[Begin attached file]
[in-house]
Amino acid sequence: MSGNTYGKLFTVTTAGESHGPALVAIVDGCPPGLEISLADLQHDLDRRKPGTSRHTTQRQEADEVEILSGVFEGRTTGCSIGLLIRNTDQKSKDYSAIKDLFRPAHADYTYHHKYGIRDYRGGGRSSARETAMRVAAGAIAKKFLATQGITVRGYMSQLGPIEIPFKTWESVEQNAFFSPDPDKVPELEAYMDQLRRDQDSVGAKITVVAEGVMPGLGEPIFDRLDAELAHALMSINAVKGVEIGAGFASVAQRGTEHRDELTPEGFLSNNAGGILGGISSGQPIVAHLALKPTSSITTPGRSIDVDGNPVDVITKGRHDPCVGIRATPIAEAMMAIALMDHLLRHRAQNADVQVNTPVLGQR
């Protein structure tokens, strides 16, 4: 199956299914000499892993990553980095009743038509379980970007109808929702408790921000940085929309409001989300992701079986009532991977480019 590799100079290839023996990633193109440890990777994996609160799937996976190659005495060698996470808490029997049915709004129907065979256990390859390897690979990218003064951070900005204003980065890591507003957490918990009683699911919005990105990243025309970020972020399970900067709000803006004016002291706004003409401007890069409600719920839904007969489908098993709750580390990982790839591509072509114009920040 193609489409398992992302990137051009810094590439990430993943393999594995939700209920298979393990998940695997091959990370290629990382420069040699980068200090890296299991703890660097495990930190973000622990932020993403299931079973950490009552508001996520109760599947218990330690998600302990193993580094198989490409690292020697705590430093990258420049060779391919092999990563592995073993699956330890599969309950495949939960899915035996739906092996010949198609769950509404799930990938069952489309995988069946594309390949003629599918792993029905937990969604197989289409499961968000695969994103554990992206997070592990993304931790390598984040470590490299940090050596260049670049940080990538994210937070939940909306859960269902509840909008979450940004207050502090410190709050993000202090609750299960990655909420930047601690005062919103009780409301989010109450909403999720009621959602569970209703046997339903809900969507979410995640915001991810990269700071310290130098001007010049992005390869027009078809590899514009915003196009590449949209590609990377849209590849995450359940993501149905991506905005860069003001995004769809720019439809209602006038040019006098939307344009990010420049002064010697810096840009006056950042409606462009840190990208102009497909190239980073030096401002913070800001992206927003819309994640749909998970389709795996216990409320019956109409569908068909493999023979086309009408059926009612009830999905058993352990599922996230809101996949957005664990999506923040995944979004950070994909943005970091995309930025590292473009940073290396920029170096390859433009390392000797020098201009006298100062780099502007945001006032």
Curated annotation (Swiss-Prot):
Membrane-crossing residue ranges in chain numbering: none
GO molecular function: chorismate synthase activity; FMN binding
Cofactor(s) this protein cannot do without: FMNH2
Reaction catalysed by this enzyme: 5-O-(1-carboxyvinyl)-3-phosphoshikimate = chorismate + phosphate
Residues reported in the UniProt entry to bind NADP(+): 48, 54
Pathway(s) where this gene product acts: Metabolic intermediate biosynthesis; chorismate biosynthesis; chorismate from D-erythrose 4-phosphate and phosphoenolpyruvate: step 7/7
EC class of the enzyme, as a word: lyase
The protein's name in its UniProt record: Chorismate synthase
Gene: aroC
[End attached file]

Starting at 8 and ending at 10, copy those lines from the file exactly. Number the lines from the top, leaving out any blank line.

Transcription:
Reaction catalysed by this enzyme: 5-O-(1-carboxyvinyl)-3-phosphoshikimate = chorismate + phosphate
Residues reported in the UniProt entry to bind NADP(+): 48, 54
Pathway(s) where this gene product acts: Metabolic intermediate biosynthesis; chorismate biosynthesis; chorismate from D-erythrose 4-phosphate and phosphoenolpyruvate: step 7/7